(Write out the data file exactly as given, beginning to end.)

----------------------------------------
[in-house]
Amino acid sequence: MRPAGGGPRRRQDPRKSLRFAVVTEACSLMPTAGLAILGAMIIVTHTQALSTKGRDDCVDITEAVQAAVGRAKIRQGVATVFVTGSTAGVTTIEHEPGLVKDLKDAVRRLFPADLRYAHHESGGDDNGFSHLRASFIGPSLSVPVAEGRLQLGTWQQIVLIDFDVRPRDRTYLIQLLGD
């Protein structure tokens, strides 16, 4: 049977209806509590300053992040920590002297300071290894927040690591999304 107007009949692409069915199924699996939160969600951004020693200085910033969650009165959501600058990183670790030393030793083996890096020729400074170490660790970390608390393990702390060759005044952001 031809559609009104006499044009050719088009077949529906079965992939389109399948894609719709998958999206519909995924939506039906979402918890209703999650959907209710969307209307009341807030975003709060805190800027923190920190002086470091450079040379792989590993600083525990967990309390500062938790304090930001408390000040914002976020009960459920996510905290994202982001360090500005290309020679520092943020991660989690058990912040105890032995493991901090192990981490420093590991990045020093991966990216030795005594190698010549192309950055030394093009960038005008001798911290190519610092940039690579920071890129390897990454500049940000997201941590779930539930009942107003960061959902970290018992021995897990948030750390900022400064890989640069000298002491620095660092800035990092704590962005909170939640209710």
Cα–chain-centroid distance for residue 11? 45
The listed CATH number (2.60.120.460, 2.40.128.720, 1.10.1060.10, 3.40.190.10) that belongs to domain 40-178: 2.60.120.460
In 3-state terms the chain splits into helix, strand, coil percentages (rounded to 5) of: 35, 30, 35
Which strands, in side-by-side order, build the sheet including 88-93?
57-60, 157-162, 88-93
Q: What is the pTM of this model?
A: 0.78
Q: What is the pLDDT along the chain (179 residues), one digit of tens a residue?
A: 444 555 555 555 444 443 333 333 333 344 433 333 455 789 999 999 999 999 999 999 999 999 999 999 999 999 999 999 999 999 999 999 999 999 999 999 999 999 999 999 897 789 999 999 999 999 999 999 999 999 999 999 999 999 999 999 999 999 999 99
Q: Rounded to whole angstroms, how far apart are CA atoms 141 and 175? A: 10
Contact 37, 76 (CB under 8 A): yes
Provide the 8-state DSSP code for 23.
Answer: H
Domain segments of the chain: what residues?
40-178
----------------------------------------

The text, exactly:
[in-house]
Amino acid sequence: MRPAGGGPRRRQDPRKSLRFAVVTEACSLMPTAGLAILGAMIIVTHTQALSTKGRDDCVDITEAVQAAVGRAKIRQGVATVFVTGSTAGVTTIEHEPGLVKDLKDAVRRLFPADLRYAHHESGGDDNGFSHLRASFIGPSLSVPVAEGRLQLGTWQQIVLIDFDVRPRDRTYLIQLLGD
């Protein structure tokens, strides 16, 4: 049977209806509590300053992040920590002297300071290894927040690591999304 107007009949692409069915199924699996939160969600951004020693200085910033969650009165959501600058990183670790030393030793083996890096020729400074170490660790970390608390393990702390060759005044952001 031809559609009104006499044009050719088009077949529906079965992939389109399948894609719709998958999206519909995924939506039906979402918890209703999650959907209710969307209307009341807030975003709060805190800027923190920190002086470091450079040379792989590993600083525990967990309390500062938790304090930001408390000040914002976020009960459920996510905290994202982001360090500005290309020679520092943020991660989690058990912040105890032995493991901090192990981490420093590991990045020093991966990216030795005594190698010549192309950055030394093009960038005008001798911290190519610092940039690579920071890129390897990454500049940000997201941590779930539930009942107003960061959902970290018992021995897990948030750390900022400064890989640069000298002491620095660092800035990092704590962005909170939640209710």
Cα–chain-centroid distance for residue 11? 45
The listed CATH number (2.60.120.460, 2.40.128.720, 1.10.1060.10, 3.40.190.10) that belongs to domain 40-178: 2.60.120.460
In 3-state terms the chain splits into helix, strand, coil percentages (rounded to 5) of: 35, 30, 35
Which strands, in side-by-side order, build the sheet including 88-93?
57-60, 157-162, 88-93
Q: What is the pTM of this model?
A: 0.78
Q: What is the pLDDT along the chain (179 residues), one digit of tens a residue?
A: 444 555 555 555 444 443 333 333 333 344 433 333 455 789 999 999 999 999 999 999 999 999 999 999 999 999 999 999 999 999 999 999 999 999 999 999 999 999 999 999 897 789 999 999 999 999 999 999 999 999 999 999 999 999 999 999 999 999 999 99
Q: Rounded to whole angstroms, how far apart are CA atoms 141 and 175? A: 10
Contact 37, 76 (CB under 8 A): yes
Provide the 8-state DSSP code for 23.
Answer: H
Domain segments of the chain: what residues?
40-178